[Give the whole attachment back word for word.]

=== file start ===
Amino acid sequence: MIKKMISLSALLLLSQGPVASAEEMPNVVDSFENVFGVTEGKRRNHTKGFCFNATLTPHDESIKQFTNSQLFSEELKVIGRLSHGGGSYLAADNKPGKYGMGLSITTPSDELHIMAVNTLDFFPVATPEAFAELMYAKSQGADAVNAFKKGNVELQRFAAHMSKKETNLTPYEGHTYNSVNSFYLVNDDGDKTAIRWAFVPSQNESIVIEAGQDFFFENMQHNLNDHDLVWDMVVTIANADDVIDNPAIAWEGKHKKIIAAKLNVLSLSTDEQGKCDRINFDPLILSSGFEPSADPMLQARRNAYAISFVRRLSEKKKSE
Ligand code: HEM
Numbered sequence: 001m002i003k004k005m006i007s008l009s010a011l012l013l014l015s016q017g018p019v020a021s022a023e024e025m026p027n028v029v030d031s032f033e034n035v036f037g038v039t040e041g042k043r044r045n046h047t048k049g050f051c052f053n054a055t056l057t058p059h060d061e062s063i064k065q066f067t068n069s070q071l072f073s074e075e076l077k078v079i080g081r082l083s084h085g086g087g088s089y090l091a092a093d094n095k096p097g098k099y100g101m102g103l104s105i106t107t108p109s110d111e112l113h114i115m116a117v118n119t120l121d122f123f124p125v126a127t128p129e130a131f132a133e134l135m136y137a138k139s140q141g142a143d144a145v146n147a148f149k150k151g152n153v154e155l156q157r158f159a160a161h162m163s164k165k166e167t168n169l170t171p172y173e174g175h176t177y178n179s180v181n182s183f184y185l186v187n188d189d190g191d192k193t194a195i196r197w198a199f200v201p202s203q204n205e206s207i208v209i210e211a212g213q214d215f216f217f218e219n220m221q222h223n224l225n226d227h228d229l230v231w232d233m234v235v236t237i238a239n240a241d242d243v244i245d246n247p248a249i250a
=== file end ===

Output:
Amino acid sequence: MIKKMISLSALLLLSQGPVASAEEMPNVVDSFENVFGVTEGKRRNHTKGFCFNATLTPHDESIKQFTNSQLFSEELKVIGRLSHGGGSYLAADNKPGKYGMGLSITTPSDELHIMAVNTLDFFPVATPEAFAELMYAKSQGADAVNAFKKGNVELQRFAAHMSKKETNLTPYEGHTYNSVNSFYLVNDDGDKTAIRWAFVPSQNESIVIEAGQDFFFENMQHNLNDHDLVWDMVVTIANADDVIDNPAIAWEGKHKKIIAAKLNVLSLSTDEQGKCDRINFDPLILSSGFEPSADPMLQARRNAYAISFVRRLSEKKKSE
Ligand code: HEM
Numbered sequence: 001m002i003k004k005m006i007s008l009s010a011l012l013l014l015s016q017g018p019v020a021s022a023e024e025m026p027n028v029v030d031s032f033e034n035v036f037g038v039t040e041g042k043r044r045n046h047t048k049g050f051c052f053n054a055t056l057t058p059h060d061e062s063i064k065q066f067t068n069s070q071l072f073s074e075e076l077k078v079i080g081r082l083s084h085g086g087g088s089y090l091a092a093d094n095k096p097g098k099y100g101m102g103l104s105i106t107t108p109s110d111e112l113h114i115m116a117v118n119t120l121d122f123f124p125v126a127t128p129e130a131f132a133e134l135m136y137a138k139s140q141g142a143d144a145v146n147a148f149k150k151g152n153v154e155l156q157r158f159a160a161h162m163s164k165k166e167t168n169l170t171p172y173e174g175h176t177y178n179s180v181n182s183f184y185l186v187n188d189d190g191d192k193t194a195i196r197w198a199f200v201p202s203q204n205e206s207i208v209i210e211a212g213q214d215f216f217f218e219n220m221q222h223n224l225n226d227h228d229l230v231w232d233m234v235v236t237i238a239n240a241d242d243v244i245d246n247p248a249i250a